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Some big off-season decisions await Eskimos

Eskimos quarterback Trevor Harris opens a door with the Commonwealth Stadium field reflected off the glass, on his way to speak to the media after their season ended in the Eastern Finals Sunday losing to Hamilton, in Edmonton, November 18, 2019.
Eskimos quarterback Trevor Harris opens a door with the Commonwealth Stadium field reflected off the glass, on his way to speak to the media after their season ended in the Eastern Finals Sunday losing to Hamilton, in Edmonton, November 18, 2019.

Barely 24 hours removed from Sunday’s season-ending loss in the East Division final, the Edmonton Eskimos had returned home to clear out their locker stalls and close the final chapter on a 2019 run that saw them fall one win shy of reaching the Grey Cup final.

“It’s still fresh, we’re disappointed,” said Eskimos general manager Brock Sunderland. “You go into a final game where, like every other team, you know that this is a possibility. But we expected to be packing for Calgary. That’s not taking away from Hamilton. They’re phenomenal and you know, the 16-3 now for a reason, but we believe in ourselves.

“So every time you go into a game like that your focus is on getting to the next step. We didn’t. We haven’t been in Edmonton for even 24 hours yet, so, disappointment more than anything. It was a very up and down year, as you guys know, and it was special in the sense of during the adversity, everybody stuck together so well. That was really special and I’m very proud of that.

Of course, there will be some big off-season questions that need to be answered once Sunderland has a chance to catch his breath, not the least of which is the future of his head coach, Jason Maas, who has been the subject of much public scrutiny since missing playoffs last season.

“Like every other end of the season, we’re going to sit down and do our due diligence and do exit interviews with players,” Sunderland said. “Jason and I are going to meet and we’re going to roll their sleeves up and get on the same page and go from there.”

ARM’S RACE

If Trevor Harris could go back and change one thing about his first season as Edmonton Eskimos quarterback, he would have simply chosen to have more of it.

“I wish I wouldn’t have got hurt and had a serious arm injury, but I’m not one to question God’s plans,” said the quarterback, who suffered an injury to his throwing arm in a game against the Winnipeg Blue Bombers on Aug. 23.

He finished the game and played through it in the Labour Day Classic the following week, before being pulled one quarter into the rematch as the injury got progressively worse while affecting his throwing motion more and more.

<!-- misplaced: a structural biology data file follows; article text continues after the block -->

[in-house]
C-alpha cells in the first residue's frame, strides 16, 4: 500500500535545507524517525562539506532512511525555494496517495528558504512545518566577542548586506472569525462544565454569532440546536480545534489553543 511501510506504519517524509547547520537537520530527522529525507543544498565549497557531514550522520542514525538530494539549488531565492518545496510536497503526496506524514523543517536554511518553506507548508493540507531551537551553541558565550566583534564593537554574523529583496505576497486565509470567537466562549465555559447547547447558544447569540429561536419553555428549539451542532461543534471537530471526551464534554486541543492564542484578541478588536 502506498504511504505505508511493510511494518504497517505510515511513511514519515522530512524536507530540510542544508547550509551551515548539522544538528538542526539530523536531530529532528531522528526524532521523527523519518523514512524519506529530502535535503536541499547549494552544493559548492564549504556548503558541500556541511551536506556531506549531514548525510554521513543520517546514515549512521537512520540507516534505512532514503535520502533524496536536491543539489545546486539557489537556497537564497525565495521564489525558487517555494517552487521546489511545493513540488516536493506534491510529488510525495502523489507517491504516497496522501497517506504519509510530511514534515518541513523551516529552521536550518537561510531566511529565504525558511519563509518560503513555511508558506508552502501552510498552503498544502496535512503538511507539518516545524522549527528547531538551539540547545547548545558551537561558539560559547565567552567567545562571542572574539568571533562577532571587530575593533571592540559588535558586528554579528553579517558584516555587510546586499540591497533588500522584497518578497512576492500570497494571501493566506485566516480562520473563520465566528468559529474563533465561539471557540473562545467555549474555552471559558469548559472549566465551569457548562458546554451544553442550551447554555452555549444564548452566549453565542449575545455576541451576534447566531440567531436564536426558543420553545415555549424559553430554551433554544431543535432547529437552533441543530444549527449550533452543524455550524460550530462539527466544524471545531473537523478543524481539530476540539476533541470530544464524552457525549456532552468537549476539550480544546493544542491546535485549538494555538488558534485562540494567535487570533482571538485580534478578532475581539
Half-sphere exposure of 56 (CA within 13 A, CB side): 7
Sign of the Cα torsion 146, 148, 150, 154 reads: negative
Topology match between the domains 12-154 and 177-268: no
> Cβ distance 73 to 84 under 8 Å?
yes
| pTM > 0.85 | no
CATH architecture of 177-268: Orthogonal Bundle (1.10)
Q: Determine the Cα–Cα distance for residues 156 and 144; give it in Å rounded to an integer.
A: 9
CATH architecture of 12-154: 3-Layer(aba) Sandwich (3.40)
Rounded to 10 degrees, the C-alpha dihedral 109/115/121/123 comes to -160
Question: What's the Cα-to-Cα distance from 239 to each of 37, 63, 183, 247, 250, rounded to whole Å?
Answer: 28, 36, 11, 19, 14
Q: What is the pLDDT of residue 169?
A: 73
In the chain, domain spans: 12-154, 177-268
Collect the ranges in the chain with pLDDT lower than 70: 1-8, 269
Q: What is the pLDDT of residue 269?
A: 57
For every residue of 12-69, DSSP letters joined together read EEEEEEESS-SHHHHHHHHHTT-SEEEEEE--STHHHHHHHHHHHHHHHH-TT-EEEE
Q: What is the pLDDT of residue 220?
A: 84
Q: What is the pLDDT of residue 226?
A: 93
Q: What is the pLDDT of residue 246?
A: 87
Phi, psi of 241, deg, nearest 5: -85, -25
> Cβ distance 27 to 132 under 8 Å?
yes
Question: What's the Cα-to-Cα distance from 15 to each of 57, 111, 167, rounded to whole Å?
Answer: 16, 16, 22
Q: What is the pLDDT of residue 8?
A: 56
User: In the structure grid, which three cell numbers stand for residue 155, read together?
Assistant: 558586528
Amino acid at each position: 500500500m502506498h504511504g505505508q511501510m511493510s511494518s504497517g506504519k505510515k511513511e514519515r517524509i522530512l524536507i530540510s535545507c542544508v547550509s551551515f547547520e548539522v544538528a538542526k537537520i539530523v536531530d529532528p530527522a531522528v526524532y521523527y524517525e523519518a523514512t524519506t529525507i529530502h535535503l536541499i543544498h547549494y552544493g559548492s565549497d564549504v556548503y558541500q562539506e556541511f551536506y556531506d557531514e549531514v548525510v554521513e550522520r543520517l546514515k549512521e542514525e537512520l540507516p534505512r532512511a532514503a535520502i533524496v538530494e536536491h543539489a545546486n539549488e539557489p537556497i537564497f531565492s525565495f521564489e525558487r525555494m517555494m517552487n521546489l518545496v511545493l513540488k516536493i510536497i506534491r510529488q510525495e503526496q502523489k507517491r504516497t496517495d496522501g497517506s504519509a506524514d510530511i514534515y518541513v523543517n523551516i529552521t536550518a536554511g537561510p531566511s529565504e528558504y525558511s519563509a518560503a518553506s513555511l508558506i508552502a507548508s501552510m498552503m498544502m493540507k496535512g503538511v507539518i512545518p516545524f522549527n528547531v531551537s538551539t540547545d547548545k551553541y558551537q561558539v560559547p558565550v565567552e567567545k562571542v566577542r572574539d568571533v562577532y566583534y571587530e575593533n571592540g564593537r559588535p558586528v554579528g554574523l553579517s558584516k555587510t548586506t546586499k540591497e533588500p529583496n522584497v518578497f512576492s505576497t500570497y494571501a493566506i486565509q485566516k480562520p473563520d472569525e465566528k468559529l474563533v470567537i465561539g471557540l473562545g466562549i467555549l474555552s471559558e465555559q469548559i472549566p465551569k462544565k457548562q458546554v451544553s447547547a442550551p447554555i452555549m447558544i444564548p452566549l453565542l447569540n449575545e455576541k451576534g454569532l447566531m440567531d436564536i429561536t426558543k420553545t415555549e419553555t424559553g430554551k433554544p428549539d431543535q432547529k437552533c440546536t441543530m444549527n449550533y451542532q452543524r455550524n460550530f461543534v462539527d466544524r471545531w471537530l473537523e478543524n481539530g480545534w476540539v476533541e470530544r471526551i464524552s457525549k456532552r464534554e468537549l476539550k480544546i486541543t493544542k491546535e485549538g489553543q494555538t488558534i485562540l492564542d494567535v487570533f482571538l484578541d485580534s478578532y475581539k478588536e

He ended up missing five of the last six games to close out the regular season, after helping the Eskimos to a 6-3 first half where he was on pace for most-outstanding-player-type numbers.

“I wish that wasn’t God’s plan for me, but it was,” said Harris, who still finished second overall with 4,027 passing yards and a league-high 343 completions, despite playing just 13 games, while also earning the best interception percentage of 1.3. “I grew from it, I learned from it  and it’s one of those deals where I’m going to do everything in my power to be as injury-preventable as possible next year.

“And I promise you next year you’ll get the best version of myself.”

CRUISE CONTROL

Consensus says the Ticats are favourites to win Sunday’s Grey Cup against the Bombers, which, to provide a snappy name, might as well be called the Hundred Years Bowl, because that seems like about how long it’s been since either team won a championship.

OK, it’s actually been 20 years for Hamilton and 29 for Winnipeg, so it adds up to more like the Half-a-Hundred Years Bowl. But the point stands.

One of these teams will end a drought and the other will be left way, way back of the pack all alone.

But what is it about the Tabbies’ torrid season that has them firmly in the driver’s seat and on cruise control here in the playoffs?

“There’s a number of things that stand out about them,” Maas said. “I mean, they’re just so well coached, they do it the right way. They play physical, they play fast, they’ve got athletes all over the place. They’ve got great schemes and they’ve got great players. So they’re 9-0 (at home), 15-3 for a reason. They’ve found ways to win, too.”

And if Hamilton wins again Sunday, the Eskimos can at least say they fell to the best there was this year.

In and out: The final injury to report for the Eskimos 2019 season saw RB Shaq Cooper, who was forced from Sunday’s divisional final with what the club called a lower-body injury, moving about the locker-room Monday on a rolling walker with his leg in an air cast.

Email: gmoddejonge@postmedia.com

On Twitter: @GerryModdejonge

Copyright Postmedia Network Inc., 2019

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